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Comparison of 3 Strategies to Quit Smoking FREE

[+] Article and Author Information

The summary below is from the full report titled “Effect of Varying Levels of Disease Management on Smoking Cessation. A Randomized Trial.” It is in the 7 April 2009 issue of Annals of Internal Medicine (volume 150, pages 437-446). The authors are E.F. Ellerbeck, J.D. Mahnken, A.P. Cupertino, L.S. Cox, K.A. Greiner, L.M. Mussulman, N. Nazir, T.I. Shireman, K. Resnicow, and J.S. Ahluwalia.


Ann Intern Med. 2009;150(7):I-36. doi:10.7326/0003-4819-150-7-200904070-00001
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What is the problem and what is known about it so far?

Cigarette smoking is a chronic problem. Many smokers want to quit but find that doing so is difficult. Quitting smoking may require repeated or intensive interventions. Smoking cessation aids include counseling and various drugs. Some studies show that smokers who use more than 1 aid increase their chances of quitting and remaining smoke-free. Few studies, however, examine whether repeated intensive interventions increase long-term cessation rates more than repeated, less intensive interventions.

Why did the researchers do this particular study?

To compare 3 strategies of varying intensity to help smokers quit smoking.

Who was studied?

750 adults recruited from 50 rural primary care practices in Kansas. All smoked 10 or more cigarettes daily and had been smoking for at least 1 year.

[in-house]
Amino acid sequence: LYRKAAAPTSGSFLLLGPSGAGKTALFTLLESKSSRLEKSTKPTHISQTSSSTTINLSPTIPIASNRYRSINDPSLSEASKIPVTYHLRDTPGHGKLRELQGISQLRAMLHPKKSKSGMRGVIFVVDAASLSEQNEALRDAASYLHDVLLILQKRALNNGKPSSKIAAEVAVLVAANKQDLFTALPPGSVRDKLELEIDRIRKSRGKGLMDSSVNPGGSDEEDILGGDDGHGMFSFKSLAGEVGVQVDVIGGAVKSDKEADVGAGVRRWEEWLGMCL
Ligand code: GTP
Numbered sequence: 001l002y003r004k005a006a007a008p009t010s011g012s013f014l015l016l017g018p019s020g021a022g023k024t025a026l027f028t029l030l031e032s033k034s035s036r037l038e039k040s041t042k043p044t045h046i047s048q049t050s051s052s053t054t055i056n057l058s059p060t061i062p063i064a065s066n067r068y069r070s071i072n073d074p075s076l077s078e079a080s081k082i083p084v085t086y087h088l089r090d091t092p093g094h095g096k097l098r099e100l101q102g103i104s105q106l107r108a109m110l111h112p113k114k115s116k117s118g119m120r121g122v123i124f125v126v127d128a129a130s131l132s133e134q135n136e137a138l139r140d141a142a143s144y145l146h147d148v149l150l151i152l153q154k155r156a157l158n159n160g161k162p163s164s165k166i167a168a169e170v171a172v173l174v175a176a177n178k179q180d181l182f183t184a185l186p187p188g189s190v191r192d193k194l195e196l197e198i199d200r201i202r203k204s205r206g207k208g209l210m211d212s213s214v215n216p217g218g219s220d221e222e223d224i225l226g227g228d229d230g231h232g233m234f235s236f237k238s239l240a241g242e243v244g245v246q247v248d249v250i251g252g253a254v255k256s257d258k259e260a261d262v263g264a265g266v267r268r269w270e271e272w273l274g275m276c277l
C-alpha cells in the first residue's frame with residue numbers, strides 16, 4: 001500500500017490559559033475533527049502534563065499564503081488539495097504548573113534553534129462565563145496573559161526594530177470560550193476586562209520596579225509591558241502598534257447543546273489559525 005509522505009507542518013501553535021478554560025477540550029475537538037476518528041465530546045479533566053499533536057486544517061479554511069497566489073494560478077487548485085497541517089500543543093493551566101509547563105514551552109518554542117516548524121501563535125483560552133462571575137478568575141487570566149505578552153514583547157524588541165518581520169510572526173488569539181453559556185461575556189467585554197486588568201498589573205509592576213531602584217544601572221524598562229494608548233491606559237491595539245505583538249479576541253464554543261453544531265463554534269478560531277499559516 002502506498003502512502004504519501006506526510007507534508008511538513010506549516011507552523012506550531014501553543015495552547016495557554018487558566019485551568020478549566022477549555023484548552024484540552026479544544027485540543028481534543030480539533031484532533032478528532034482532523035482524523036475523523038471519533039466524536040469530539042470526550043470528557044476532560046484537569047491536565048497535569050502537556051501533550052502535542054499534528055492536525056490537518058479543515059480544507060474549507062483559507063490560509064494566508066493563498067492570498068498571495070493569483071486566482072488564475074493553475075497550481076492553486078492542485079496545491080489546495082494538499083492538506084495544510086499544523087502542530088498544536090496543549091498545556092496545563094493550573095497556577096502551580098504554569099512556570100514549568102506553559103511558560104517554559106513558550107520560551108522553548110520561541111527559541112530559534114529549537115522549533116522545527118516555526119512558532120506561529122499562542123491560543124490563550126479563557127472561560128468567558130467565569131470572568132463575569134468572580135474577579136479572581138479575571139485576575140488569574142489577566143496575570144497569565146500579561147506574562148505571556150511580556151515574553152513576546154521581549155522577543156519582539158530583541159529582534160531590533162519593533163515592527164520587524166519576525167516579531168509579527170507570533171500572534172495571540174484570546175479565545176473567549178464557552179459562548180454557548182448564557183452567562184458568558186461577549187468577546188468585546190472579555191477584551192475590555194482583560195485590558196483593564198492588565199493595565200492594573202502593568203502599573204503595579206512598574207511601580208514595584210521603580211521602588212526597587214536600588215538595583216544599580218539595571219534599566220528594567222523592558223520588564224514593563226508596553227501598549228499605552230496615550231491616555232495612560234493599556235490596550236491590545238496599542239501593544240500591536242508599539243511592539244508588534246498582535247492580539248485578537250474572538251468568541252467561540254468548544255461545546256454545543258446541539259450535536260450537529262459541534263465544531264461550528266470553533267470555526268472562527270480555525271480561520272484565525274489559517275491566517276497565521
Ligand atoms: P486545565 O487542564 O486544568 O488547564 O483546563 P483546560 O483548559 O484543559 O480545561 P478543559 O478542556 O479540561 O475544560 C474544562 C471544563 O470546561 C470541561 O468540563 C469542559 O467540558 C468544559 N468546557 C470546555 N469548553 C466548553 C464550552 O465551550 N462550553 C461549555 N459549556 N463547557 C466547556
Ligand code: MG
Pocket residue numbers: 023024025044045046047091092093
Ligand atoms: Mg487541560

How was the study done?

Patients were randomly assigned to drug therapy alone or drug therapy combined with either moderate- or high-intensity disease management. Drug therapy consisted of either a 6-week course of a nicotine patch (21 mg daily) or a 7-week course of sustained-release bupropion (150 mg twice daily). Counselors provided disease management that included up to 2 (moderate-intensity disease management) or 6 (high-intensity disease management) telephone calls with patients and reports to patients' physicians. The interventions were offered 4 times (every 6 months for 2 years). Throughout the study, the researchers assessed patients' requests for drug therapy and patients' reports of smoking cessation.

What did the researchers find?

The percentages of patients who requested drug prescriptions during the first, second, third, and fourth intervention cycles were 64%, 41%, 24%, and 25%, respectively. The percentages of patients assigned to either the moderate- or high-intensity disease management group that had at least 1 counseling session during the first and fourth intervention cycles were about 90% and 55% to 60%.

Smoking cessation rates after the first cycle were 11% for the group that received drug therapy alone, 15% for the moderate-intensity disease management group, and 17% for the high-intensity disease management group. Smoking cessation rates at 2 years for the 3 groups were 23%, 24%, and 28%, respectively.

What were the limitations of the study?

Drug therapy was provided for free. Smoking abstinence was self-reported. Some patients (20% to 30%) did not complete follow-up assessments.

What are the implications of the study?

Smoking cessation rates may increase with repeated assistance for quit attempts. An optimum combination and intensity of interventions that maximizes long-term cessation remains unclear.

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